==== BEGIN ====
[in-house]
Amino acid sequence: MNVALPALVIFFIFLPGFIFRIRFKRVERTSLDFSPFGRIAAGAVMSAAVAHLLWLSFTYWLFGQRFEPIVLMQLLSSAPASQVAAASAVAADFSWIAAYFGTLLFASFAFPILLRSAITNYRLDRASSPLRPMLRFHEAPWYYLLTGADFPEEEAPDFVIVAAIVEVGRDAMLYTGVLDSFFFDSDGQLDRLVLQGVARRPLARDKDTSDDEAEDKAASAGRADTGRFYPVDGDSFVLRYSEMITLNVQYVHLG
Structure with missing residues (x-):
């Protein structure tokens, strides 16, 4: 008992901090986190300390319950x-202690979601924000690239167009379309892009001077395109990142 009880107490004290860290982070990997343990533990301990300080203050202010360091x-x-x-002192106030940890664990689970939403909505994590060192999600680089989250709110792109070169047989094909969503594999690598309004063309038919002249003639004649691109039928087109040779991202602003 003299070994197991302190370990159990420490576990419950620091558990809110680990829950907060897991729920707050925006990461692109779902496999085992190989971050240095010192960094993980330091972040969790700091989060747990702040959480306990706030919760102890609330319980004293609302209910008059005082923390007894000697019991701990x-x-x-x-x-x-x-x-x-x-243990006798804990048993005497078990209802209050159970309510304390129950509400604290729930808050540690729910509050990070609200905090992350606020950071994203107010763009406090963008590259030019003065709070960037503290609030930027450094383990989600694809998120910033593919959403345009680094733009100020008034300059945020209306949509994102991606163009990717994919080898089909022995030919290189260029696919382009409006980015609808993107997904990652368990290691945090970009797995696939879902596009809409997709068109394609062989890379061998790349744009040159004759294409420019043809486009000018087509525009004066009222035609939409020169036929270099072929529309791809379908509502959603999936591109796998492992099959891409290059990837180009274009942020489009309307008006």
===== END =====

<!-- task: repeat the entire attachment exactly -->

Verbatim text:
[in-house]
Amino acid sequence: MNVALPALVIFFIFLPGFIFRIRFKRVERTSLDFSPFGRIAAGAVMSAAVAHLLWLSFTYWLFGQRFEPIVLMQLLSSAPASQVAAASAVAADFSWIAAYFGTLLFASFAFPILLRSAITNYRLDRASSPLRPMLRFHEAPWYYLLTGADFPEEEAPDFVIVAAIVEVGRDAMLYTGVLDSFFFDSDGQLDRLVLQGVARRPLARDKDTSDDEAEDKAASAGRADTGRFYPVDGDSFVLRYSEMITLNVQYVHLG
Structure with missing residues (x-):
């Protein structure tokens, strides 16, 4: 008992901090986190300390319950x-202690979601924000690239167009379309892009001077395109990142 009880107490004290860290982070990997343990533990301990300080203050202010360091x-x-x-002192106030940890664990689970939403909505994590060192999600680089989250709110792109070169047989094909969503594999690598309004063309038919002249003639004649691109039928087109040779991202602003 003299070994197991302190370990159990420490576990419950620091558990809110680990829950907060897991729920707050925006990461692109779902496999085992190989971050240095010192960094993980330091972040969790700091989060747990702040959480306990706030919760102890609330319980004293609302209910008059005082923390007894000697019991701990x-x-x-x-x-x-x-x-x-x-243990006798804990048993005497078990209802209050159970309510304390129950509400604290729930808050540690729910509050990070609200905090992350606020950071994203107010763009406090963008590259030019003065709070960037503290609030930027450094383990989600694809998120910033593919959403345009680094733009100020008034300059945020209306949509994102991606163009990717994919080898089909022995030919290189260029696919382009409006980015609808993107997904990652368990290691945090970009797995696939879902596009809409997709068109394609062989890379061998790349744009040159004759294409420019043809486009000018087509525009004066009222035609939409020169036929270099072929529309791809379908509502959603999936591109796998492992099959891409290059990837180009274009942020489009309307008006």